Japan’s international peace operations in South Sudan: Peacekeeping and civilian protection dilemmas
After the independence of South Sudan from Sudan on 9 July 2011, the Japanese government decided to dispatch its Self-Defence Forces (SDF) to South Sudan under the auspices of the United Nations Mission in the Republic of South Sudan (UNMISS). Despite the post-conflict military clashes in South Sudan, the Japanese government did not withdraw the SDF, but instead, the Abe administration assigned a new mission, the so-called ‘kaketsuke-keigo’ (‘rush and rescue’), to rescue staff of international organisations and non-governmental organisations (NGO) in preparation for possible armed attacks during peacekeeping operations. The new mission can be regarded as Prime Minister Abe’s ‘proactive contribution to peace’ (proactive pacifism) in action, and the policy is congruous with the purpose of ‘human security’ and ‘protection of civilians’. This paper aims to investigate Japan’s contribution to peacekeeping operations in South Sudan and examine associated dilemmas facing the United Nations, the Japanese government, and the Japanese peacekeepers in UNMISS – which need to be overcome for future international peace operations.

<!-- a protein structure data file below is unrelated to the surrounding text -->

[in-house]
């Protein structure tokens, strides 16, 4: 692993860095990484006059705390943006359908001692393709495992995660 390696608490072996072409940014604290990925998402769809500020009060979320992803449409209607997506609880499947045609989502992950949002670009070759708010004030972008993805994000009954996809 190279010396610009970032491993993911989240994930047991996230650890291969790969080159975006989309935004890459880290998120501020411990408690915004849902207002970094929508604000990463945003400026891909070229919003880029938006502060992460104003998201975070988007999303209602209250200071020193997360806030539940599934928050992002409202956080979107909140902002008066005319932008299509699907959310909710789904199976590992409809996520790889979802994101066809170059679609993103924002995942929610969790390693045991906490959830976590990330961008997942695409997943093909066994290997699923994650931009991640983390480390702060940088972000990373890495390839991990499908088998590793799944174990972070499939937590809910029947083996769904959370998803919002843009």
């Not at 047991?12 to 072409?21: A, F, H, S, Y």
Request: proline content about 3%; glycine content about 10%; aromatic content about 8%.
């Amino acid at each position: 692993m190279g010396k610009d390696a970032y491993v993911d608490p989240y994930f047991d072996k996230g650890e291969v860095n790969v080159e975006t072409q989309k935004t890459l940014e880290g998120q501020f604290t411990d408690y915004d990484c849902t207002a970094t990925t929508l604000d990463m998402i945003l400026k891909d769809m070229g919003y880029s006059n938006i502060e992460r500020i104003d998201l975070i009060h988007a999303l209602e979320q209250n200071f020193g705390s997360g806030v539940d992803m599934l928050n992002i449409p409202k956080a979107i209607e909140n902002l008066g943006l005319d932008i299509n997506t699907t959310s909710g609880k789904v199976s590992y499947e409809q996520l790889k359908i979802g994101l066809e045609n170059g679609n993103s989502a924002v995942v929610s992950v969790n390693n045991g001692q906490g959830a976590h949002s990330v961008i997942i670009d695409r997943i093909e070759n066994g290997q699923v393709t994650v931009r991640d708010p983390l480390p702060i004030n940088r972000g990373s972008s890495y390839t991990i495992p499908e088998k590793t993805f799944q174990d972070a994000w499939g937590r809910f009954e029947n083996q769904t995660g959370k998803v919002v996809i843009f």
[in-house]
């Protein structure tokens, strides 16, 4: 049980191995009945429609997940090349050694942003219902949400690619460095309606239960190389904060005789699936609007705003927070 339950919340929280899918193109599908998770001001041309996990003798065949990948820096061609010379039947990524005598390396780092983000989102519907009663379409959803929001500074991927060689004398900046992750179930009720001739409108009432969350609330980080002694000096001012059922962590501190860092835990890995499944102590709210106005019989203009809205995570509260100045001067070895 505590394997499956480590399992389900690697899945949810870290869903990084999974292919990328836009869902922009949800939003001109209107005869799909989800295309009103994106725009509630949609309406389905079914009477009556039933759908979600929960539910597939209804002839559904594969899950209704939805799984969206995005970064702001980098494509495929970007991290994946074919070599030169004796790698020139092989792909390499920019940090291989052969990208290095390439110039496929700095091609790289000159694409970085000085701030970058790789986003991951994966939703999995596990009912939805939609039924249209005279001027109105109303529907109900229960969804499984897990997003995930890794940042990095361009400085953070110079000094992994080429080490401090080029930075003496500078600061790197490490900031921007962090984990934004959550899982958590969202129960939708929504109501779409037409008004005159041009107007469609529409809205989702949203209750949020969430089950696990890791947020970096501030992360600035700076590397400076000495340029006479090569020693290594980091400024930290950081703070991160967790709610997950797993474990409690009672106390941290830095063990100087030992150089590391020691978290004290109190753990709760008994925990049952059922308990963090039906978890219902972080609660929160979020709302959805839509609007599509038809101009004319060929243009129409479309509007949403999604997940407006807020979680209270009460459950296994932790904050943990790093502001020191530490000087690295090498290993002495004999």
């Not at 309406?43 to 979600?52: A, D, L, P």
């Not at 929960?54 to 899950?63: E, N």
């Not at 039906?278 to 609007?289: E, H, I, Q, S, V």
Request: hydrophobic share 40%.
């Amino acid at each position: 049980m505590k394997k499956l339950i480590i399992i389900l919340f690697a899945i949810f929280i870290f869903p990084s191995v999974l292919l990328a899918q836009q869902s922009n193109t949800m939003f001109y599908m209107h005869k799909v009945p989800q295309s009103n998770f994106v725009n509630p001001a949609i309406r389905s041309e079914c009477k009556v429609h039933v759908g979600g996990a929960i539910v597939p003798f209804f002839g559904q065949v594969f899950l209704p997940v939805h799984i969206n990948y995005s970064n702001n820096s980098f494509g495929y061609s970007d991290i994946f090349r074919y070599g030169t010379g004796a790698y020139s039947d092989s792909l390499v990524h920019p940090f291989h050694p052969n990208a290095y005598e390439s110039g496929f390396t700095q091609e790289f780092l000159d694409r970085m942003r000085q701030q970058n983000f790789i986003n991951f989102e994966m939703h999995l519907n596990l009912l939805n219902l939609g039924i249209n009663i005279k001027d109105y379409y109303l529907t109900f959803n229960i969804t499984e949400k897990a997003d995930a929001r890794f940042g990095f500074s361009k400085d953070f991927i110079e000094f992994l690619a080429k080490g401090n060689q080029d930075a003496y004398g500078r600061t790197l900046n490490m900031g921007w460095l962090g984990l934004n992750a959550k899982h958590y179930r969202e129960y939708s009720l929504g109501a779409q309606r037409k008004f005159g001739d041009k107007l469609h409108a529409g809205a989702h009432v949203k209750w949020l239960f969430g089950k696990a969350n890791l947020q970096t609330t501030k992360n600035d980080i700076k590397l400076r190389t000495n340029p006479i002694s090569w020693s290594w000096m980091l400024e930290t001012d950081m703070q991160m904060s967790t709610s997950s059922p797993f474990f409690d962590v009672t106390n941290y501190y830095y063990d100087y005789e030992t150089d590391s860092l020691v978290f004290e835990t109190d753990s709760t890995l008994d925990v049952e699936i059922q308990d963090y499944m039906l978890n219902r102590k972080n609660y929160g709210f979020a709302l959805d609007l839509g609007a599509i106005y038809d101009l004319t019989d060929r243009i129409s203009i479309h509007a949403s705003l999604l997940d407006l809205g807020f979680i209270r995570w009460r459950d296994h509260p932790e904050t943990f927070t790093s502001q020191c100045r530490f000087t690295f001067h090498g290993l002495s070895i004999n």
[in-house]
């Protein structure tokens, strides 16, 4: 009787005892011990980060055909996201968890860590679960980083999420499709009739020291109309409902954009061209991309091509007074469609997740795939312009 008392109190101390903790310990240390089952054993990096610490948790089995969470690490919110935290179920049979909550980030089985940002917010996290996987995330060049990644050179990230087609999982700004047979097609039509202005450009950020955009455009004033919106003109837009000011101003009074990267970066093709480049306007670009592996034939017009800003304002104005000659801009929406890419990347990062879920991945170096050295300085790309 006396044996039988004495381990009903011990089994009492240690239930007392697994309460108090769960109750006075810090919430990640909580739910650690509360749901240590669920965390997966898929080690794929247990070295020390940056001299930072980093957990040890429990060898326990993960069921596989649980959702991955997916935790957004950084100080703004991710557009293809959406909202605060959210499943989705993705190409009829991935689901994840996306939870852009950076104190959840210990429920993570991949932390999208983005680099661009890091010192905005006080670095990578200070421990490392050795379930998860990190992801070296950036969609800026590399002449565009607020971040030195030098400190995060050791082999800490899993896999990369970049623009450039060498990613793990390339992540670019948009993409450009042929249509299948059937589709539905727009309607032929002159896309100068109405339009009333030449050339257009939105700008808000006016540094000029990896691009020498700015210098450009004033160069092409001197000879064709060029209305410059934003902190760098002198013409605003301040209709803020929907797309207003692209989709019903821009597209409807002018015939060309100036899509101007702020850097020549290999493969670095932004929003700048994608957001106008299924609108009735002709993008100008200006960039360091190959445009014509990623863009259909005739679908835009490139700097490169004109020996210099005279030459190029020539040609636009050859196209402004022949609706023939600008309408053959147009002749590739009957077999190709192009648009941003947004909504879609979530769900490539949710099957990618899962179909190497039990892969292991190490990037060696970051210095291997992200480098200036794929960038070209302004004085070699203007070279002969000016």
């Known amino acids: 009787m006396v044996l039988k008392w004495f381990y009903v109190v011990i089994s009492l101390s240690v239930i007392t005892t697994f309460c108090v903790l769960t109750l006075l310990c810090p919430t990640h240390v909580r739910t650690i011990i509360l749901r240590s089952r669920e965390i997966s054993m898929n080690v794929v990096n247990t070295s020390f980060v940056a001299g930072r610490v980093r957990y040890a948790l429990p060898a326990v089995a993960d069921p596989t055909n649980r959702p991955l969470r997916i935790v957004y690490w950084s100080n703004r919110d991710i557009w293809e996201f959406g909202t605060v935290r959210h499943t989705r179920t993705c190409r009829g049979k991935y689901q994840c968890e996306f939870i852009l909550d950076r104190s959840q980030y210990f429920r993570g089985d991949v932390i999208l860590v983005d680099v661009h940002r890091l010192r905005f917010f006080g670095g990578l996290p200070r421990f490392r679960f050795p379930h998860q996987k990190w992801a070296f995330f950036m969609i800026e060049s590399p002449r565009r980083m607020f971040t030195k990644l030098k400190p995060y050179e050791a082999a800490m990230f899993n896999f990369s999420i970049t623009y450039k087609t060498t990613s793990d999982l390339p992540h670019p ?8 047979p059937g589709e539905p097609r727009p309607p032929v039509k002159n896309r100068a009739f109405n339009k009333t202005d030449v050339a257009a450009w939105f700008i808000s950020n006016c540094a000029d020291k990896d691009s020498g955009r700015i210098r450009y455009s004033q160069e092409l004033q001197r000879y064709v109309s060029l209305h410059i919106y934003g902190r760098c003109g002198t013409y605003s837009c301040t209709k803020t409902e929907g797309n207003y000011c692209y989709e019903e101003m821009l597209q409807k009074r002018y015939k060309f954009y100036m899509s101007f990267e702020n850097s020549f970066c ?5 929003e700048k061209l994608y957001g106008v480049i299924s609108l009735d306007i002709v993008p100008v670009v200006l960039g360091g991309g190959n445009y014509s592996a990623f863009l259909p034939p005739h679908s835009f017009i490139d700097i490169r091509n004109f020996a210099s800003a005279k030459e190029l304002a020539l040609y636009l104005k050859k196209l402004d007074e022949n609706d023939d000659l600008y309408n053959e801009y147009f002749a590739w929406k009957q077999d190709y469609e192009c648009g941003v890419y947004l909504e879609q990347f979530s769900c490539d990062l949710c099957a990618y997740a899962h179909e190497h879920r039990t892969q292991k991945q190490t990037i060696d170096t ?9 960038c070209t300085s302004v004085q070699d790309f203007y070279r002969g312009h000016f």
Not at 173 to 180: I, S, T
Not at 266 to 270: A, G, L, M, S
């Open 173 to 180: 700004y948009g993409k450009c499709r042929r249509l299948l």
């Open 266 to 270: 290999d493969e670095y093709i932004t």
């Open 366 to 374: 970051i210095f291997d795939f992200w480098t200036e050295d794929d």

Keywords: Japanese government, kaketsuke-keigo, Peace and Security Legislation, peacekeeping operations (PKOs), protection of civilians (POC), United Nations Mission in the Republic of South Sudan (UNMISS)